About a month ago, Rum Bunter had an article regarding the possible interest the Seattle Mariners could have on Pittsburgh Pirates center fielder Andrew McCutchen. Now, here we are in November and it seems this was a valid rumor.
On the evening of November 20, Jon Morosi of Fox Sports and MLB Network reported that the Seattle Mariners did indeed call the Pittsburgh Pirates. Already to believe to have checked in on Tony Watson, Morosi reports that the Mariners wanted to talk about Andrew McCutchen.
According to Morosi’s twitter account, talks did not advance very far. Morosi tweeted:
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“Sources: #Mariners inquired on Andrew McCutchen earlier this offseason; those talks with #Pirates did not advance.”
The interest from Seattle makes sense from the stand point that they could use a right-handed outfield bat, and more specifically an impact outfield bat. As of now their current outfield is made up of all left-handed hitters, such as Leonys Martin in center, Seth Smith in right, and Ben Gamel in left. Seth Smith has always been a platoon player in his career, Ben Gamel has struggled in his first 33 games so far, and he looks to be more of a platoon player as well. Both Gamel and Seth Smith do not bring much on the base paths or in the field either. Martin who is adequate with the bat if not unimpressive, brings really strong defense, so he is a lock to stay in Safeco’s spacious center field.
Enter Andrew McCutchen.
Cutch could turn into the Mariner’s everyday left-fielder. The Pittsburgh Pirates could take Seth Smith back in the trade. Smith is entering the last year of his contract at a relatively cheap rate of seven million dollars. With that, I am sure the Bucs would want some money coming back in the deal. This would allow the Pittsburgh Pirates to have a stop-gap outfielder until Austin Meadows‘ arrival. Then Smith could become a left-handed fourth outfielder like Joyce was, or a trade chip. With no long-term contract either or would benefit the Pittsburgh Pirates.
This all sounds great, but the issue is Smith is not the value the Bucs would be trading to receive. Smith would be a throw from the Mariners. This would be in order to make room for Andrew McCutchen. Meanwhile the Smith would fill the hole left from Cutch’s departure. The true value would be in the other pieces the Bucs would want back in a deal. Here in lies the issue of trading with the Mariners.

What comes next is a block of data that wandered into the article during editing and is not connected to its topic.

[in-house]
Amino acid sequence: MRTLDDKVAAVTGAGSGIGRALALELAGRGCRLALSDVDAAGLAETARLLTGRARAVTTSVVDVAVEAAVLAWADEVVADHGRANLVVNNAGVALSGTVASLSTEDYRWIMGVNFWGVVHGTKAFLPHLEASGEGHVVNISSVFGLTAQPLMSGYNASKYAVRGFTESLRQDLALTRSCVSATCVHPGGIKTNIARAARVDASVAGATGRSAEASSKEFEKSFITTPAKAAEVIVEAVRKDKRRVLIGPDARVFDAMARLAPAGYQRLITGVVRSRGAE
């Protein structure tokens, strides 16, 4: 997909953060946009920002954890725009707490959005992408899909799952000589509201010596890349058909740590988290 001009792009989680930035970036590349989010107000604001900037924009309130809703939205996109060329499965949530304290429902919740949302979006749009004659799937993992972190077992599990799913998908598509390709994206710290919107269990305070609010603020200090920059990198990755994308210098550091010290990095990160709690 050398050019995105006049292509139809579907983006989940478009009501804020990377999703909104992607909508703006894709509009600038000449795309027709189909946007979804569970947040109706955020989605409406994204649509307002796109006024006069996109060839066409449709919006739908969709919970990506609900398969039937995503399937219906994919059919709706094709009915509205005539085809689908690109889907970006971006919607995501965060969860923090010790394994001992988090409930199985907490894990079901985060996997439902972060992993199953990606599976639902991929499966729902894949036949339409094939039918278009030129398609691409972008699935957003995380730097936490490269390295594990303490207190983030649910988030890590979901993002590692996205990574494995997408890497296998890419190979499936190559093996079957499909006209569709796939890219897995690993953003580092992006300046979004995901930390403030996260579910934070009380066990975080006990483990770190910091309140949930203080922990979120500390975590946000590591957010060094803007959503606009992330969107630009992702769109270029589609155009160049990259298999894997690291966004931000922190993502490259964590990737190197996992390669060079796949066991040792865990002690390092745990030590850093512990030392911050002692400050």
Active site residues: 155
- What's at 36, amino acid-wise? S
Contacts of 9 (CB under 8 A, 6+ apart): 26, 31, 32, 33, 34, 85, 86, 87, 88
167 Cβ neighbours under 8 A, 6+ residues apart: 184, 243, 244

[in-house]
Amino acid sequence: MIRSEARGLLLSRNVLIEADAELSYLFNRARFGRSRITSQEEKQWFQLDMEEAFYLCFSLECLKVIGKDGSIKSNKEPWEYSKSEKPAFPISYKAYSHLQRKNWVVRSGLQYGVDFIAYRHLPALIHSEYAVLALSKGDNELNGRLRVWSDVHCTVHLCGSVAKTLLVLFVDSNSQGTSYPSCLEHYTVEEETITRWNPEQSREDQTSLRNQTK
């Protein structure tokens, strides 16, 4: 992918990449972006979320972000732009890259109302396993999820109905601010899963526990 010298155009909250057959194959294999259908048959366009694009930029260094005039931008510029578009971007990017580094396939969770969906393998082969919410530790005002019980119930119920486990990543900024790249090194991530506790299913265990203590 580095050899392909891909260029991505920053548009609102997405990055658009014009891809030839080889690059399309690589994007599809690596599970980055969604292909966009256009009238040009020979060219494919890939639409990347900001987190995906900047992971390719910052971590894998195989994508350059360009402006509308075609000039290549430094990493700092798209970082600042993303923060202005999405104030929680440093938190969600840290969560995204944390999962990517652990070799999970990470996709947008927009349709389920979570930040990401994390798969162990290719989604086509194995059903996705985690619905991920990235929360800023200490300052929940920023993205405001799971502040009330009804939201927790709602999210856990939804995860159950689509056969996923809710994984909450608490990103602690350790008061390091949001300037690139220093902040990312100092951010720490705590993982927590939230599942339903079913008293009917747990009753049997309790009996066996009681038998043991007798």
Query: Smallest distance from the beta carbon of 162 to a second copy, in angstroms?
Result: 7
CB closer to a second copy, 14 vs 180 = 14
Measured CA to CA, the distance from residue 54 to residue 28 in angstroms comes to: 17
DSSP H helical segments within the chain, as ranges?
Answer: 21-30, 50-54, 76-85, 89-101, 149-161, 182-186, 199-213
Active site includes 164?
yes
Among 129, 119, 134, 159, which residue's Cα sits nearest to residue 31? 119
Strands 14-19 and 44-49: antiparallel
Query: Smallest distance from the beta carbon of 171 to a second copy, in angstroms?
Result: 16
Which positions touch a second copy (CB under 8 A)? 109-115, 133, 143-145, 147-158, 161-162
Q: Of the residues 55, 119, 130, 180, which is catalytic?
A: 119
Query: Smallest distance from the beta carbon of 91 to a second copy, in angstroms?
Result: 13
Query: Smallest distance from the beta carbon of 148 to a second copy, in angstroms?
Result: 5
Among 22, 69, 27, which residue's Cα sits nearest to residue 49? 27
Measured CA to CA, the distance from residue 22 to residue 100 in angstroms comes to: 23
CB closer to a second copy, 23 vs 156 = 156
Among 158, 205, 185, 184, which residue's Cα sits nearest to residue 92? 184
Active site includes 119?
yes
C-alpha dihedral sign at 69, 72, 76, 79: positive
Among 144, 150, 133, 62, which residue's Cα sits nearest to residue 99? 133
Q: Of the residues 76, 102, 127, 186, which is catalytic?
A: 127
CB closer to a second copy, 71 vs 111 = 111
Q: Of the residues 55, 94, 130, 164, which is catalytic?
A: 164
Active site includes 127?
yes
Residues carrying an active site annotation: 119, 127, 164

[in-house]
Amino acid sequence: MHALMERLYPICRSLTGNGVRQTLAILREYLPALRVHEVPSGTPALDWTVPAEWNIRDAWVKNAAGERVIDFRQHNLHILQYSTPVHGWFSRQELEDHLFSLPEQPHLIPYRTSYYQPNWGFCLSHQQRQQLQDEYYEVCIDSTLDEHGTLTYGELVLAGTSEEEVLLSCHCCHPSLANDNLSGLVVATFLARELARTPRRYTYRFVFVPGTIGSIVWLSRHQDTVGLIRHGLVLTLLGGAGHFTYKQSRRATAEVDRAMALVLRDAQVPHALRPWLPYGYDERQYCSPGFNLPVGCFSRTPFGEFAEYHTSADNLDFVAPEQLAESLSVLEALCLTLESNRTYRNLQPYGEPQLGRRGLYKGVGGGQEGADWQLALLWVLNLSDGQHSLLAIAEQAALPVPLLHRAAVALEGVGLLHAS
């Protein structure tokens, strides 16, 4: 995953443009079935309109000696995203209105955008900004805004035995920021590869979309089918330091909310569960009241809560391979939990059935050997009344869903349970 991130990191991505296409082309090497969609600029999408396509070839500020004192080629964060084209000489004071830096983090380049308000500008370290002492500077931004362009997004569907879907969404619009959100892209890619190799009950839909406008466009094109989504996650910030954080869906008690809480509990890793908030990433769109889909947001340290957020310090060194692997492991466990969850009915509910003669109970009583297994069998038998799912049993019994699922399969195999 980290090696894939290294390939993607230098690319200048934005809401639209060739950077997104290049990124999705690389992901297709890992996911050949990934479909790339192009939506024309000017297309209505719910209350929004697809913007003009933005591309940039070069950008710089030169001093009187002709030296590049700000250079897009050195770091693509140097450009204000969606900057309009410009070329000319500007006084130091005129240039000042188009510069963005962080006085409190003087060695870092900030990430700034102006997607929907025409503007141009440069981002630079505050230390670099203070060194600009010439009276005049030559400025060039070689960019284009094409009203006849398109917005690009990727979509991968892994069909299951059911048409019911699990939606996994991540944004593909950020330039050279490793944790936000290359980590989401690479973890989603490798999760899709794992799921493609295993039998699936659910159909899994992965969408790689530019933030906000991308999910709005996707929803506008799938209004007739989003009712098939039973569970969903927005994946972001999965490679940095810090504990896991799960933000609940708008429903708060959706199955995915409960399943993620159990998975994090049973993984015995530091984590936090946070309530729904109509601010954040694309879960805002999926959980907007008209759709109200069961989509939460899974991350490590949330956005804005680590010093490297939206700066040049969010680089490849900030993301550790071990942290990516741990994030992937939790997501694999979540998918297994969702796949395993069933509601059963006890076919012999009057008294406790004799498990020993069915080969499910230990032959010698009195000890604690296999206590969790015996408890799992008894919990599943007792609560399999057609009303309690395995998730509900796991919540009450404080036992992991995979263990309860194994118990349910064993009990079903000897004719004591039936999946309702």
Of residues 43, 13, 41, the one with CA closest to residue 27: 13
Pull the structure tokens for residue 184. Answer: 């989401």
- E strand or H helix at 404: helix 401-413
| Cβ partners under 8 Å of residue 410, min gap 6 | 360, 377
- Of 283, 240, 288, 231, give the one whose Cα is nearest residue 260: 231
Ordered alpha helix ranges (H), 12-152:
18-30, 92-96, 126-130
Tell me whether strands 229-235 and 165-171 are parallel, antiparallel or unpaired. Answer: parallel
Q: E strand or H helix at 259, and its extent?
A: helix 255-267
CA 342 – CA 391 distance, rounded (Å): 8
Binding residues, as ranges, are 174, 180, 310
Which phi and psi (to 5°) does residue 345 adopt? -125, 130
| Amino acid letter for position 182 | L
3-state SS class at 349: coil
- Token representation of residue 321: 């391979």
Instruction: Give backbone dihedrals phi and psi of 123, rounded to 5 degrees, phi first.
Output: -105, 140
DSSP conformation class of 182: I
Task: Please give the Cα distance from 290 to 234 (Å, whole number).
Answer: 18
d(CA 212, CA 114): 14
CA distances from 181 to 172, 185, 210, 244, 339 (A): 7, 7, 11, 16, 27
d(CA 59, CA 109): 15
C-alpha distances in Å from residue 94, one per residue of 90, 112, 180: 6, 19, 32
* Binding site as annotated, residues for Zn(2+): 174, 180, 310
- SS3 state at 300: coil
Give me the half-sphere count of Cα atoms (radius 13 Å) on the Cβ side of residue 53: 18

Seattle has one of the weakest farm systems in baseball. They do not have many attractive prospects to pick from in regards to what the Bucs would be looking for. The main piece the Pittsburgh Pirates believe to be searching for is a young/controllable pitcher. The Mariners do have two candidates in Taijuan Walker and James Paxton. However it seems neither are available for trade, especially Paxton. The main reason being is because if they dealt one for Cutch, the Mariners would be filling one need while opening up another in their rotation.
Outside of Walker and Paxton, the other piece of interest would be breakout closer and 2016 rookie Edwin Diaz. Diaz had a 2.79 earned run average in his first season. He also compiled 18 saves, and an ultra impressive 15.6 strikeouts per nine innings pitched ratio. However, like with the starters, but to an even more extreme point, Diaz figures to be their closer for a long time. With no other real options in the back-end of their bullpen and the contractual control, the Mariners would not be inclined to trade away their stud closer.
Most Likely Not a Match
This is where it all ends. Looking at the Mariners they do not have any intriguing arms that they could send back other than Paxton or Walker. Felix Hernandez is not going anywhere, Iwakuma only has one year remaining on his deal, and pitchers like Ariel Miranda and Nathan Karns are not the types of arms you want when dealing Andrew McCutchen.
As stated earlier, the Mariners farm system is very weak compared to the league. They typically rank in the bottom 12 or so on most major sites. Outside of their top four prospects, the rest of their system is fairly weak. Their number one overall prospect Kyle Lewis is not going anywhere. He was their 2016 first round pick and put on a show in his first action. He ended up missing the end of the season with a serious knee injury. Then their top two pitching prospect are not estimated to reach the majors until 2018 or 2019, and neither are considered to be top prospects. They would be nice pieces, but not pieces you would want as the center piece of a deal.
All in all, the Seattle Mariners are not a great match for the Pittsburgh Pirates. They have a few pieces that could interest the Bucs. Specially young pitchers like Paxton, Walker, and Diaz, but chances are they would not be willing to move them. Combine that with a farm system that is lacking elite, top prospects and the Bucs would be better served to look elsewhere.
One other note. Although the talks did not go very far, that does not mean the Bucs or the Mariners will not have more discussion. The Mariners could have simply called and asked what the Bucs are looking for with the idea of taking time to mull over their other options. Same with the Pittsburgh Pirates, they now know the Mariners have interest. The Pirates could be trying to figure out if there is any package they would like from the Mariners. They could have also got a list of players from the Mariners. The list would be who the M’s would be willing to move and are looking over options. Also, the Bucs could have said they aren’t trying to move him unless it is significant. Thanks for the call. We really do not know what went on between the two sides. What we do know is Jerry Dipoto and the Mariners have interest. It would not be surprising to see the two in contact at the Winter Meetings in two weeks.